LONDON — When a 19-stroke exchange ended with Andy Murray’s Wimbledon opponent slapping a forehand into the net, thousands of Centre Court spectators rose in unison.
They applauded Murray’s first service break. They screamed for joy. They waved their Union Jacks and Scottish flags. It was only a third-round match, merely 12 minutes and three games old, yet to some that tiny early edge seemed massively meaningful.
So imagine the reaction, louder and livelier, when the second-seeded Murray finished off his 6-2, 6-4, 7-5 victory over 32nd-seeded Tommy Robredo of Spain less than two hours later Friday to advance to Week 2. And then, for a moment, try to fathom what would happen if Murray were to ever win the final point of The Championships, as the Grand Slam tournament is known around here, and become the first British man in 77 years to hoist the trophy.
“You need to be professional enough to not let that stuff bother you and just concentrate on each match,” said Murray, who has won 20 of his past 21 contests on grass, including runs to last year’s final at the All England Club and a London Olympics gold medal. “I did a good job of that today. I played well. My best match of the tournament, so far.”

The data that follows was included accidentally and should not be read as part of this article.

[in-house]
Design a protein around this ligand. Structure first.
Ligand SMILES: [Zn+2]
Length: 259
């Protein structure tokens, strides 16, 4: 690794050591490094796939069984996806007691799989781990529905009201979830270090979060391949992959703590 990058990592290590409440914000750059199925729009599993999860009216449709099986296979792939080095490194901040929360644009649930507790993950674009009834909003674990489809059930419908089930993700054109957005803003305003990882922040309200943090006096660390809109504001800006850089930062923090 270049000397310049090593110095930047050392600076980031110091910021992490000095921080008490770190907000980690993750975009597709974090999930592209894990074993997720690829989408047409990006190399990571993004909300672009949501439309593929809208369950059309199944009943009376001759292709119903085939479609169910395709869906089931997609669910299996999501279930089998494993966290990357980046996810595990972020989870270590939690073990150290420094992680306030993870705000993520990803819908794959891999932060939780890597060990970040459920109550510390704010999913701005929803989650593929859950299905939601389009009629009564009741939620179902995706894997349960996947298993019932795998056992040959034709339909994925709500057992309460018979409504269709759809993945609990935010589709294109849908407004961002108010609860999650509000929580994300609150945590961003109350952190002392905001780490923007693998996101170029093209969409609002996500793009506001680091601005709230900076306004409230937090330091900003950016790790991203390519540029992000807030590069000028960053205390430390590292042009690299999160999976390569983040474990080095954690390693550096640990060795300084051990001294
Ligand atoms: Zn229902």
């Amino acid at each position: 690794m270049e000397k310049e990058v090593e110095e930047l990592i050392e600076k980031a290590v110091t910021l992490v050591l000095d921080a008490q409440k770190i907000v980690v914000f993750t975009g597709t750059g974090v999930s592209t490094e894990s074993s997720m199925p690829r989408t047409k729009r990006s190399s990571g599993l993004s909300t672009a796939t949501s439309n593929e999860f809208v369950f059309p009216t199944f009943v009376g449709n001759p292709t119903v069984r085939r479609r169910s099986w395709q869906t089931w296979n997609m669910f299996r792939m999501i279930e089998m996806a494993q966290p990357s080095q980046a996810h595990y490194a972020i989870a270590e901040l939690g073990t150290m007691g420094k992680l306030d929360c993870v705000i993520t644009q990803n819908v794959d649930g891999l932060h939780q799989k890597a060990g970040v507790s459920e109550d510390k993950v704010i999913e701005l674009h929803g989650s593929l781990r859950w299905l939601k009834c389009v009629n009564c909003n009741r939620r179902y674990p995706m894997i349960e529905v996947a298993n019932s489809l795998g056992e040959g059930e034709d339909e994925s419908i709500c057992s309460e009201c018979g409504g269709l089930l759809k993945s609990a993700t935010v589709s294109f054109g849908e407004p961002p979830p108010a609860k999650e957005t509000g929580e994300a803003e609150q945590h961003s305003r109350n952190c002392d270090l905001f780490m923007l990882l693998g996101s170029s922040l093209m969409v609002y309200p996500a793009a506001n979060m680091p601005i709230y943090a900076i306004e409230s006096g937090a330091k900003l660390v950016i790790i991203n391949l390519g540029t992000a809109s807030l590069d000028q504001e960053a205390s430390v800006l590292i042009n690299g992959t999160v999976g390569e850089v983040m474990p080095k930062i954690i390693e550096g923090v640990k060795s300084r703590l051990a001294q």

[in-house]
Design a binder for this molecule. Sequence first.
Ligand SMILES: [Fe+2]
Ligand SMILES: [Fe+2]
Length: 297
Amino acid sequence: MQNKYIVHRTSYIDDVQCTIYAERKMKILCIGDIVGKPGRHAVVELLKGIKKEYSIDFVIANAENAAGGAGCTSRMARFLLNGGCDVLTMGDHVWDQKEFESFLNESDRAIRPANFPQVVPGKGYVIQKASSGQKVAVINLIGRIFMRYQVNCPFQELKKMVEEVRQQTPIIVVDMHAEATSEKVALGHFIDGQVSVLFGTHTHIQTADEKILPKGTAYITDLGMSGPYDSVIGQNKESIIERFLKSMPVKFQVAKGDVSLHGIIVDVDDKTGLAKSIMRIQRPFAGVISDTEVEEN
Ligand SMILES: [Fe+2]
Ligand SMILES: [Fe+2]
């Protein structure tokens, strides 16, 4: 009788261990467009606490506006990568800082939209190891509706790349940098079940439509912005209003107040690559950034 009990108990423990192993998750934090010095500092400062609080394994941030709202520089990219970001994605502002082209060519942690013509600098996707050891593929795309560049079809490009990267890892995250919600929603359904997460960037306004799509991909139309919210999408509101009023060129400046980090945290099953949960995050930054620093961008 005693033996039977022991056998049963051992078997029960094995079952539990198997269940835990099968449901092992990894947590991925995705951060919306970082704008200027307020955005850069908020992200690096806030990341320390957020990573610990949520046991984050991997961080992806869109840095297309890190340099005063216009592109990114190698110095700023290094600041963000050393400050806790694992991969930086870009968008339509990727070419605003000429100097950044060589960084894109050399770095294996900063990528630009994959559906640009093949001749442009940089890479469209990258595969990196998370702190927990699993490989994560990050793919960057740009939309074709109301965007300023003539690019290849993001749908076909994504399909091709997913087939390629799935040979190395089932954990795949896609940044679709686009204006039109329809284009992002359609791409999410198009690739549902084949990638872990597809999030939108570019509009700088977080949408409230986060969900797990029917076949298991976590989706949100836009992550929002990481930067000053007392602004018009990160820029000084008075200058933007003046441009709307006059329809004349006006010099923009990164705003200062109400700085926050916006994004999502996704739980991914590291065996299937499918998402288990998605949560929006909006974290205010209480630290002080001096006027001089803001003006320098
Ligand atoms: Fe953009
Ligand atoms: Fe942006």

The locals’ hopes that Murray will follow up his 2012 U.S. Open victory with another major title, this time at Wimbledon, only increased in the aftermath of surprisingly early losses this week by seven-time champion Roger Federer, two-time winner Rafael Nadal and two-time semifinalist Jo-Wilfried Tsonga.
All were seeded in the top six, and all were on Murray’s half of the draw. Their departures mean the most daunting obstacle in Murray’s path — until a potential final against No. 1-ranked Novak Djokovic, anyway — might very well be surging expectations.
All in all, then, Friday was a perfectly British day, and not simply because Murray won his third straight-set match in a row. The lone other remaining singles player from the host country, 19-year-old Laura Robson, made her way into the third round at Wimbledon for the first time, defeating 117th-ranked qualifier Mariana Duque-Marino of Colombia, 6-4, 6-1.
Robson eliminated 10th-seeded Maria Kirilenko in the first round, part of a wild first week. It’s a common sight at major tournaments: An unknown player knocks out a big name, then fails to follow it up with another victory.
Two days after serving-and-volleying his way past defending champion Federer, Stakhovsky played like a guy ranked 116th, losing, 6-2, 2-6, 7-5, 6-3, to Melzer.
The same thing happened to 66th-ranked Eugenie Bouchard of Canada, who went from beating 12th-seeded Ana Ivanovic on Wednesday to losing to No. 19 Carla Suarez Navarro, 7-5, 6-2, on Friday. And 131st-ranked qualifier Michelle Larcher de Brito of Portugal, who eliminated Maria Sharapova in the second round, then bowed out, 7-5, 6-2, against 104th-ranked Karin Knapp of Italy.